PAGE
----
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Discussion Starter · #1 ·
US citizen living in Canada as a PR.

Have not filed US taxes since I came to Canada six years ago.:eek:

Do I need to fill out any other forms than the 1040, 2555, and 1116 for the years I plan to file? From the forms I've read I think this is about it.

I do not have a TFSA. I only make 20k a year. I have no children. I am not married, but living common law with a Canadian citizen who has no ties to the U.S.

Also, after skimming through Pub 54 and Pub 17, I did not earn enough money during my first 3 years in Canada to meet the minimum amount required for filing purposes. So, I just don't file? Immigration purposes prohibited me from working the first 2 1/2 years. I have been employed the last 3 1/2.

Do I have to be able to prove to the IRS that I did not make enough money in those first 3 years?

Thanks in advance for any help, it is appreciated. :tea: If you need more details to answer any question I will gladly provide that.
 

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US citizen living in Canada as a PR.

Have not filed US taxes since I came to Canada six years ago.:eek:

Do I need to fill out any other forms than the 1040, 2555, and 1116 for the years I plan to file? From the forms I've read I think this is about it.

I do not have a TFSA. I only make 20k a year. I have no children. I am not married, but living common law with a Canadian citizen who has no ties to the U.S.

Also, after skimming through Pub 54 and Pub 17, I did not earn enough money during my first 3 years in Canada to meet the minimum amount required for filing purposes. So, I just don't file? Immigration purposes prohibited me from working the first 2 1/2 years. I have been employed the last 3 1/2.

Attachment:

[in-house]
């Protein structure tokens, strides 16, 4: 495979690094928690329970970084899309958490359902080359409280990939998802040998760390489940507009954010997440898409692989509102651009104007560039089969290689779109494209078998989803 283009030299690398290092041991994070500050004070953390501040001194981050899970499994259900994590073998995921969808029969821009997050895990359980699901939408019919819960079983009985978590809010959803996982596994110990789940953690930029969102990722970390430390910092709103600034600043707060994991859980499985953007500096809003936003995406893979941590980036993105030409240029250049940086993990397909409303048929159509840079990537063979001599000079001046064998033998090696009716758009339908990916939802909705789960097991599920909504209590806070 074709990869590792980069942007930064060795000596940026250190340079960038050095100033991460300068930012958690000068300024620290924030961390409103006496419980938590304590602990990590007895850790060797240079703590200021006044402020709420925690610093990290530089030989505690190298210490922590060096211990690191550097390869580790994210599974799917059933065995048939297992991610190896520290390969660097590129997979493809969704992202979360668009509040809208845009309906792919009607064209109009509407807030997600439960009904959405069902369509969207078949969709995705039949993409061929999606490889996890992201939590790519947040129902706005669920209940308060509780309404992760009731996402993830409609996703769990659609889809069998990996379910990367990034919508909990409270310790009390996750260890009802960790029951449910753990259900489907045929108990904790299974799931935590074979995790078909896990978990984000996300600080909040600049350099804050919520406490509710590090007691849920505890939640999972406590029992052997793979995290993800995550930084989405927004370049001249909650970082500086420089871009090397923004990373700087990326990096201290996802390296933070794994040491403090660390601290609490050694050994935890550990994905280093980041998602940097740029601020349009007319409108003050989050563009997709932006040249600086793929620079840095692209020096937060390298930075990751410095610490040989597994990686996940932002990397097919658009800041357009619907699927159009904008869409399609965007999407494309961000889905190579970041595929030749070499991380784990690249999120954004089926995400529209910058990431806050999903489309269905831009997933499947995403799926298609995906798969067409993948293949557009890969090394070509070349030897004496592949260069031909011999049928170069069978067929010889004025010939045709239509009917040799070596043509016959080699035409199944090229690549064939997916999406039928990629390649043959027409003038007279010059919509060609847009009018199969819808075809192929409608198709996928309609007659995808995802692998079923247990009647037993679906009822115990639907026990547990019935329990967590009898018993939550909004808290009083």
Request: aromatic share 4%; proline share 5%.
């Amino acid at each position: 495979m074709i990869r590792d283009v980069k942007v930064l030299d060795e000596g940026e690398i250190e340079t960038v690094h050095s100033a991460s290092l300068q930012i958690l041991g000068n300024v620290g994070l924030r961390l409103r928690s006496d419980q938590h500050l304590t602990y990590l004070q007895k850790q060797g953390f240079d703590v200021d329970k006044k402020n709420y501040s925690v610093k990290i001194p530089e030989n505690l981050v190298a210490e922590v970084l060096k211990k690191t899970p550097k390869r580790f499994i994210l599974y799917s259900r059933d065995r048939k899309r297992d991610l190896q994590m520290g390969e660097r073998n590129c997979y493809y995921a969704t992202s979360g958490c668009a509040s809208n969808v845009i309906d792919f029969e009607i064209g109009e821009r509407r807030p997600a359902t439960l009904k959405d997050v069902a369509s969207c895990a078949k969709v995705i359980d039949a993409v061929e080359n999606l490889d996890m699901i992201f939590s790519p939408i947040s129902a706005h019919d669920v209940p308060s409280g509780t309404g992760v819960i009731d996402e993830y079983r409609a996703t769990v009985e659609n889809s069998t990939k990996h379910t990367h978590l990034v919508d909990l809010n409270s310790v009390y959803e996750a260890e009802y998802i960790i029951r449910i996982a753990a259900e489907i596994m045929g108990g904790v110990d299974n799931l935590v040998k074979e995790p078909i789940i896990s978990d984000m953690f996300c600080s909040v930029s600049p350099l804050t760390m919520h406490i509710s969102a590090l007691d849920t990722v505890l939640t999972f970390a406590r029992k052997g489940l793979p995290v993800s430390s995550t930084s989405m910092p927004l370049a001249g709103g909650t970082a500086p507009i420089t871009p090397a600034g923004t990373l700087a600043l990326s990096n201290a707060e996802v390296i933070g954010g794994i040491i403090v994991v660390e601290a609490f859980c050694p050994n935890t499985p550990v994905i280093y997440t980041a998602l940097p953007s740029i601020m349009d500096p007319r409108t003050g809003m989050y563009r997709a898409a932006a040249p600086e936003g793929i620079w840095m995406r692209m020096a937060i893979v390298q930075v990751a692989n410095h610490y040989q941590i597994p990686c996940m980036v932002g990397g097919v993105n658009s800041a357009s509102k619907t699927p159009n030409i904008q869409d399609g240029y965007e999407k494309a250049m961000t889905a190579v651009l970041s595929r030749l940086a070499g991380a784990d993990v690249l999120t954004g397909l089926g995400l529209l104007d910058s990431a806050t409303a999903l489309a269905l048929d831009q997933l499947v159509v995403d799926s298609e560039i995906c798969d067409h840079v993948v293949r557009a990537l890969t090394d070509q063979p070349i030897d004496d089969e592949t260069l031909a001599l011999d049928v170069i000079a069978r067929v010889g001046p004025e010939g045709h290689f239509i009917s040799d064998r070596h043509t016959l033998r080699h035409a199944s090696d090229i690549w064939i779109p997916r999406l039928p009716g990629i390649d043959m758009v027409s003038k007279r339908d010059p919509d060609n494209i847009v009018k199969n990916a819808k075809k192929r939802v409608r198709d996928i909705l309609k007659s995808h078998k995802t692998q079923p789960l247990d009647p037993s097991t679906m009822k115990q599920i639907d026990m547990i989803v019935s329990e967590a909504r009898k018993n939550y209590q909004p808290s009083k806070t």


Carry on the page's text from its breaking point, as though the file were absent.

Do I have to be able to prove to the IRS that I did not make enough money in those first 3 years?

Thanks in advance for any help, it is appreciated. :tea: If you need more details to answer any question I will gladly provide that.
Just figured this out myself so this is far from professional!
You might need schedule B if you have interest income or if you have an aggregate balance of $10,000 in the bank(even if you are joint with your partner) you would have to file an FBAR. If you have just earned income from a T4, you shouldn't need 1116, the 2555 and standard deductions should bring your taxable income to zero. You can probably do the 2555EZ as well. If you have other types of income, self-employment, or capital gains, rental etc. there are more forms.

I don't know about your other question for the years you didn't work, maybe someone else will help.
 

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Discussion Starter · #3 ·
Just figured this out myself so this is far from professional!
You might need schedule B if you have interest income or if you have an aggregate balance of $10,000 in the bank(even if you are joint with your partner) you would have to file an FBAR. If you have just earned income from a T4, you shouldn't need 1116, the 2555 and standard deductions should bring your taxable income to zero. You can probably do the 2555EZ as well. If you have other types of income, self-employment, or capital gains, rental etc. there are more forms.